Speaking of Friends
Have I ever told you about the guy who used to be my best friend when I lived in downstate Illinois?
He was an English teacher at the local community college — before he lost his job.
Why did he lose his job? Well, besides being a failed novelist, he was an alcoholic and a pill popper and a slob. He lost his driver’s license because he had too many DUIs, and then he lost his job because he kept drinking booze and popping pills and writing novels no one — even his friends — wanted to read.
But he was also a really lovely guy with a great heart.
I went to his house one day after he lost his job. He wanted me to come over because he had a gift for me. I had helped him run errands, that kind of stuff, because he couldn’t drive. So he felt he wanted to give me something. I was okay with that. I understand the need to be thankful.
First, we had lunch, a great lunch of Tequila Sunrises and homemade Mexican burritos, and we talked about novelists we both loved. Most of his favorites were Russians, most of mine were Americans. But that’s okay too.
And then he gave me the gift. I wasn’t expecting anything. I was just there at his place to have lunch and talk about books and authors, but suddenly my friend got up and went to his desk and came back with a beautiful, golden, narrow wooden box. And inside of it was a $100 fountain pen. It was brand new, with the price tag still on it.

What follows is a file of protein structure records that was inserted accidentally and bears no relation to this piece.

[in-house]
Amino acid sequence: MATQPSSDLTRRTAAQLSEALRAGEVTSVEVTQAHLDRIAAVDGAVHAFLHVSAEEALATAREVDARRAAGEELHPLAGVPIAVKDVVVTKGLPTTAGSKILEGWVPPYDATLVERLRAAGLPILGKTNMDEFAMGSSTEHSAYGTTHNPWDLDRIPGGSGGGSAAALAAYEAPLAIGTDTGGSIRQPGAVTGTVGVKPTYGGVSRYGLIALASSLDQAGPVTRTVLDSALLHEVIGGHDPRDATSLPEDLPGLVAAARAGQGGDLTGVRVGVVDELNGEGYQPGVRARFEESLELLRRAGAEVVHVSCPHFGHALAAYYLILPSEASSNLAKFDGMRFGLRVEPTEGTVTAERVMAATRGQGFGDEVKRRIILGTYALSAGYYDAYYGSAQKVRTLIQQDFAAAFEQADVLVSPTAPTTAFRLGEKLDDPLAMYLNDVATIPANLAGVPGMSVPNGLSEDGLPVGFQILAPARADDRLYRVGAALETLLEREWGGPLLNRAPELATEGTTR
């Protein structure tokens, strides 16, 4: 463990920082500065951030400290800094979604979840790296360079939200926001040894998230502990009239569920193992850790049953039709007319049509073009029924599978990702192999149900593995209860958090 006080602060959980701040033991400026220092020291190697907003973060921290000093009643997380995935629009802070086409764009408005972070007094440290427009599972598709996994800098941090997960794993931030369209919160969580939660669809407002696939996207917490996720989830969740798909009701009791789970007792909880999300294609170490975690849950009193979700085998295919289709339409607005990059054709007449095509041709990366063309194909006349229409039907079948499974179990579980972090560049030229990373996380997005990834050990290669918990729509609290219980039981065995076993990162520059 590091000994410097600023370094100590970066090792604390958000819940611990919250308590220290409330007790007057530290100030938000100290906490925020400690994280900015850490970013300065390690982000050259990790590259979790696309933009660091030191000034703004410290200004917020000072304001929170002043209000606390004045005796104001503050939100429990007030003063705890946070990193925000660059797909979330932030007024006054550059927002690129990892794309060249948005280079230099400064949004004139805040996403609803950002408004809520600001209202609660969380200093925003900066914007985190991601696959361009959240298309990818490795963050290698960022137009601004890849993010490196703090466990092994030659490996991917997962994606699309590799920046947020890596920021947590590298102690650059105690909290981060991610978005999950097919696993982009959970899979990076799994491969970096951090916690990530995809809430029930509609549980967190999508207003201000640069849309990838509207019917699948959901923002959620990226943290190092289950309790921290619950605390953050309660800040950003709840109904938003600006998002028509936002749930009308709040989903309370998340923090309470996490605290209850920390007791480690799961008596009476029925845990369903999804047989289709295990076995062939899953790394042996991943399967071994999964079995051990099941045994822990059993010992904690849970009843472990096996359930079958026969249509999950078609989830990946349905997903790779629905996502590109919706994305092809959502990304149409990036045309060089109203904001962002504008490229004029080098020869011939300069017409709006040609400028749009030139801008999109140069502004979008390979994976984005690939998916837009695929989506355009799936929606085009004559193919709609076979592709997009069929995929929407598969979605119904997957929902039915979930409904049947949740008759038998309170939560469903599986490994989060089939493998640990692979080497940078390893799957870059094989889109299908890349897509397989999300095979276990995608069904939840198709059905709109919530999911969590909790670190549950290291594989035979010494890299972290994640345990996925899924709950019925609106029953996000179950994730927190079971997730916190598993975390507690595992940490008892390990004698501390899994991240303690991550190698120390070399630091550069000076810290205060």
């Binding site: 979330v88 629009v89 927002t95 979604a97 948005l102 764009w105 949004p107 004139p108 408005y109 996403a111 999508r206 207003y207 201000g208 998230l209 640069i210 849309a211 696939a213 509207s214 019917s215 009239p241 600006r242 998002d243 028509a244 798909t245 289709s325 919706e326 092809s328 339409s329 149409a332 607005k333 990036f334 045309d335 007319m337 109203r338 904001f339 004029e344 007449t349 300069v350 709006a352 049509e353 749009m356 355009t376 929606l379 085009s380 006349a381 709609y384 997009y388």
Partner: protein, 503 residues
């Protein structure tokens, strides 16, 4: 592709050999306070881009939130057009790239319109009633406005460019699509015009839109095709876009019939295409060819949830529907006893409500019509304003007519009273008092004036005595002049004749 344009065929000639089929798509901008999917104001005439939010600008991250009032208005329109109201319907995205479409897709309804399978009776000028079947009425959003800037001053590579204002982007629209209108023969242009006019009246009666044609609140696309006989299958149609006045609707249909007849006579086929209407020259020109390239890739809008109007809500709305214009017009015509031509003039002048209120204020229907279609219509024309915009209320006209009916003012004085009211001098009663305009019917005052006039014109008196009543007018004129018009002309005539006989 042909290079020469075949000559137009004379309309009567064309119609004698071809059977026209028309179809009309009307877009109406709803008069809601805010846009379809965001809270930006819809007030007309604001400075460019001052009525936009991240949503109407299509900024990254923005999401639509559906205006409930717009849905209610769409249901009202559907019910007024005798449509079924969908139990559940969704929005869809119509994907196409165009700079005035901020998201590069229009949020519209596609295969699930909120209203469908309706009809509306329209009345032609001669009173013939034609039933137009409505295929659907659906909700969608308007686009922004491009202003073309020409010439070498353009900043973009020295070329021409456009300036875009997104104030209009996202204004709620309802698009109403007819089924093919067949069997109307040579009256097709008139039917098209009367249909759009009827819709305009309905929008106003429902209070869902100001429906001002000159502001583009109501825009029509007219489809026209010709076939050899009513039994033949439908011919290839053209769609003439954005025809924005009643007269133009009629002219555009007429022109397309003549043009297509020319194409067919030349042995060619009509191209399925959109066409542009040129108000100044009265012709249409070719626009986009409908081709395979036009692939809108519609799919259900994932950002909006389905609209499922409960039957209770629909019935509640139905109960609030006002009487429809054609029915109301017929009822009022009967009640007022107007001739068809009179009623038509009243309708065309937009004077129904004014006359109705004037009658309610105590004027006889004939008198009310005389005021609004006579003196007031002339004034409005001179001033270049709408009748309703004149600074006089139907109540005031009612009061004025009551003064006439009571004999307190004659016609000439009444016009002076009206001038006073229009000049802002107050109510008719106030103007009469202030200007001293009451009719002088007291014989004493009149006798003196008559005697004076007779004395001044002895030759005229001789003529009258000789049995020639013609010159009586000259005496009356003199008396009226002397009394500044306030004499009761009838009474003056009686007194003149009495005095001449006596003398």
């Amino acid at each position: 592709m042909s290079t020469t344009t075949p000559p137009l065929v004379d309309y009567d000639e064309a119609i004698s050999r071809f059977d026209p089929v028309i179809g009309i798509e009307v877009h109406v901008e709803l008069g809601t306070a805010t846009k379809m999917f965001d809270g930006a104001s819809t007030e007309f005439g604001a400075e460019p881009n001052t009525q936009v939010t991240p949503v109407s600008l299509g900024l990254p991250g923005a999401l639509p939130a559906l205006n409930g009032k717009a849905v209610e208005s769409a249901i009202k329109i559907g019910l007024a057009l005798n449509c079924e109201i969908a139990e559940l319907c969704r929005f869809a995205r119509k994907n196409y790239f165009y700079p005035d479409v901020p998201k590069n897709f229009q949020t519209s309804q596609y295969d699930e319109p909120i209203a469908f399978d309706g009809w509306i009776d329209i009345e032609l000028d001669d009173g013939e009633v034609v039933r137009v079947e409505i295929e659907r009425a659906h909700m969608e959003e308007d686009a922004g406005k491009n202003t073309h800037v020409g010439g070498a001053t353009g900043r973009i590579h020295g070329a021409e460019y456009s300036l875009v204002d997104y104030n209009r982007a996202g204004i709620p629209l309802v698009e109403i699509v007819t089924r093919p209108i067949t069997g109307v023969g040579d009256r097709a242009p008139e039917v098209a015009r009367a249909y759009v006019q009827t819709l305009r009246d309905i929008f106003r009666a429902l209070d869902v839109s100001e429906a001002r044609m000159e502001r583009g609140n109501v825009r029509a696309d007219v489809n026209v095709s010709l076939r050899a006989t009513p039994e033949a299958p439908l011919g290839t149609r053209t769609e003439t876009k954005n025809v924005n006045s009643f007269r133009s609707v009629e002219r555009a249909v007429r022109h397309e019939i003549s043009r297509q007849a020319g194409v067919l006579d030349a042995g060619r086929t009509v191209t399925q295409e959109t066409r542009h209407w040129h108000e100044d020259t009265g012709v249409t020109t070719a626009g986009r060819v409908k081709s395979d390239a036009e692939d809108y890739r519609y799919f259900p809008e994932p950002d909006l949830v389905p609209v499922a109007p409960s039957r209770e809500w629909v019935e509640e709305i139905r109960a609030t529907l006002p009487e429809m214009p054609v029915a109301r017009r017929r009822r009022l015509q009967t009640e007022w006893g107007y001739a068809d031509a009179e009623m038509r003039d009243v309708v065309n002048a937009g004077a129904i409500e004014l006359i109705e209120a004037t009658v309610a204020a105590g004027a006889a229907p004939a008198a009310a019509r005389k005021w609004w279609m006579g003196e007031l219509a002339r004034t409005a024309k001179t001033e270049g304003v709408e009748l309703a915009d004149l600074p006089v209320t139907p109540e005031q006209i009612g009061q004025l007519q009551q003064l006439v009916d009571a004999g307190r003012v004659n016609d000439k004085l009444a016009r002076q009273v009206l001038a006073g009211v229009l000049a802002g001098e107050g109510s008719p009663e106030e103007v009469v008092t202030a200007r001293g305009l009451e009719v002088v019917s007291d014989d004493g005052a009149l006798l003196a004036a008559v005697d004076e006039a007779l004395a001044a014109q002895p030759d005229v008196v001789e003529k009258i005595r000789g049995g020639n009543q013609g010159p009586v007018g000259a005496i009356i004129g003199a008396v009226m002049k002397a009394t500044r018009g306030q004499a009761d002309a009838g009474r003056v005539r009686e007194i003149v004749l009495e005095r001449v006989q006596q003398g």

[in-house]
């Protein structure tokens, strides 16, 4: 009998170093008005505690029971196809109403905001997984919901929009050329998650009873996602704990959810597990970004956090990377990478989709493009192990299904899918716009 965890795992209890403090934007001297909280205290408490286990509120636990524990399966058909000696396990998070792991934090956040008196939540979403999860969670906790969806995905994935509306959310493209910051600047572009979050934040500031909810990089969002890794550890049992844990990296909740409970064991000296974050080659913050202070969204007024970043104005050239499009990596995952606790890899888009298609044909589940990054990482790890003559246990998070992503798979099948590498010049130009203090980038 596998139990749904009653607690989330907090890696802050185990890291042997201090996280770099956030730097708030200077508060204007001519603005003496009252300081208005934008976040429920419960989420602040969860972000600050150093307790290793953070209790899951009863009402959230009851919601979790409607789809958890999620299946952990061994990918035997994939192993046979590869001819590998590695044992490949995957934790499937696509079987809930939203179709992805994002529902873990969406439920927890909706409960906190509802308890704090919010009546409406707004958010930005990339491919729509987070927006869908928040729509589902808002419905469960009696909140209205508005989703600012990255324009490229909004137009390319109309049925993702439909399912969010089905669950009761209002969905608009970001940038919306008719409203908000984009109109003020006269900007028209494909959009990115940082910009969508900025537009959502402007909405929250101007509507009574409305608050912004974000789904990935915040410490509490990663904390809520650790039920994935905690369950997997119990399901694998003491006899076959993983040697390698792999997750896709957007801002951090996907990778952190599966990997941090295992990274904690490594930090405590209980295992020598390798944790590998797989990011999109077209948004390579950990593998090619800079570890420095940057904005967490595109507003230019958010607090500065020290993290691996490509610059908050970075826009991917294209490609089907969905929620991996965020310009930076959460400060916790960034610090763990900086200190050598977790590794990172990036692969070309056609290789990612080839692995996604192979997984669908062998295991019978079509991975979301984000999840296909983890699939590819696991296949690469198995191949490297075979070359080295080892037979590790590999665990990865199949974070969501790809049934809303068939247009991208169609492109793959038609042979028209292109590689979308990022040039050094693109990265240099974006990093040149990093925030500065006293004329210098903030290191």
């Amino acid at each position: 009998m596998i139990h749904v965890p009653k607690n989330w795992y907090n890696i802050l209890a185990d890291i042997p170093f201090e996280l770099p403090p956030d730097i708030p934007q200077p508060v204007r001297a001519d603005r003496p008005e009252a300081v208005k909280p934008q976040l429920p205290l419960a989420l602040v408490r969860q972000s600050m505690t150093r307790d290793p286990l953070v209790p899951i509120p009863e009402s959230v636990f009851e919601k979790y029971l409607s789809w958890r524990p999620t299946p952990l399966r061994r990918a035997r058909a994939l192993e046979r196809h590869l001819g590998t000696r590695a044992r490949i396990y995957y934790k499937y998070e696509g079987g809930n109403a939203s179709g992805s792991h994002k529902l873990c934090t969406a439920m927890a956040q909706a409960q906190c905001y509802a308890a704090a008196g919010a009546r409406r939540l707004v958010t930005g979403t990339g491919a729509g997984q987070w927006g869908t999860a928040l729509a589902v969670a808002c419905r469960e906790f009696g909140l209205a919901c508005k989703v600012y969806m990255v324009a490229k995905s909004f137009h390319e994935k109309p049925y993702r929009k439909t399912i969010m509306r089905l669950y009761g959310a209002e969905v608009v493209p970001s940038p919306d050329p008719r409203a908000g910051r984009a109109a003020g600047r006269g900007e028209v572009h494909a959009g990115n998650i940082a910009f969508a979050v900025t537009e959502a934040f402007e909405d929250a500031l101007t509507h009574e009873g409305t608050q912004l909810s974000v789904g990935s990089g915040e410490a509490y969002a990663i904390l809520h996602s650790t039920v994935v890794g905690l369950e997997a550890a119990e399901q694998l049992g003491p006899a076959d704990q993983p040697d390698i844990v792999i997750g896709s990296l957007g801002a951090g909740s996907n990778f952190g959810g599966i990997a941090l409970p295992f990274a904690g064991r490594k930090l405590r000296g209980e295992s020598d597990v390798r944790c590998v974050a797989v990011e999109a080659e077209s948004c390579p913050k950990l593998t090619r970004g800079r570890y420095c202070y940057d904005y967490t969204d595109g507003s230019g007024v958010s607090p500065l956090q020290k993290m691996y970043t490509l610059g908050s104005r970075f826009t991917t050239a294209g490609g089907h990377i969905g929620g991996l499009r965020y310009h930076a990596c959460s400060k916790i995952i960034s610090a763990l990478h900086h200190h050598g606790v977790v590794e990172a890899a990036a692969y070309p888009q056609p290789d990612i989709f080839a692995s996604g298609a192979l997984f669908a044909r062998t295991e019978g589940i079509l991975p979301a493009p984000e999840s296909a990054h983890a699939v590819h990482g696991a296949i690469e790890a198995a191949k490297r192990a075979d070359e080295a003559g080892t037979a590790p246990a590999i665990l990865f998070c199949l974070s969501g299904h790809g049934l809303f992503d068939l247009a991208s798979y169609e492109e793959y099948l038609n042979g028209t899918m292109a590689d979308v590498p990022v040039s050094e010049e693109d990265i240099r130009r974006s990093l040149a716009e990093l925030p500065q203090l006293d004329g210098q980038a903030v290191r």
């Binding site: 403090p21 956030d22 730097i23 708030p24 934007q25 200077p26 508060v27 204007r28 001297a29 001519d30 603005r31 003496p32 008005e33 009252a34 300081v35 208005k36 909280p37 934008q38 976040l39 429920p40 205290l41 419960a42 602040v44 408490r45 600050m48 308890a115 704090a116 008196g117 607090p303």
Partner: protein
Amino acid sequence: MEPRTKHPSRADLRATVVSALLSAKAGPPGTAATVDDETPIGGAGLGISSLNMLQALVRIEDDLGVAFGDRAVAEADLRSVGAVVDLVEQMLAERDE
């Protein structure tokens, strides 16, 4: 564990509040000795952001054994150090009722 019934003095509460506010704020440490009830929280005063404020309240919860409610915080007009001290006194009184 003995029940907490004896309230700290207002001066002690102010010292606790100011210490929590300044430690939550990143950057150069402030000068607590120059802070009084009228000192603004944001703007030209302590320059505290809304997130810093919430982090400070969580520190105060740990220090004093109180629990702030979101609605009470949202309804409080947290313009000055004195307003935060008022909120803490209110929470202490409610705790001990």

I was stunned. The thing was gorgeous, but what do you do with a gift like that? I write all the time, but I never write with a pen. This is the age of computers and iPads. When I write, I write with my fingers tapping on a keyboard. You know what that’s like.
But like I said, the pen was gorgeous, so I took it and thanked my friend. And so now this pen sits on my desk, and every time I see it I think of him and our friendship — even though finally he decided I was a jerk and a terrible person and he didn’t want to have anything to do with me because I wouldn’t lie to the judge when he was brought up on even more Driving Under the Influence charges.
This is my latest column for the Dziennik Zwiazkowy, the oldest Polish paper in America.
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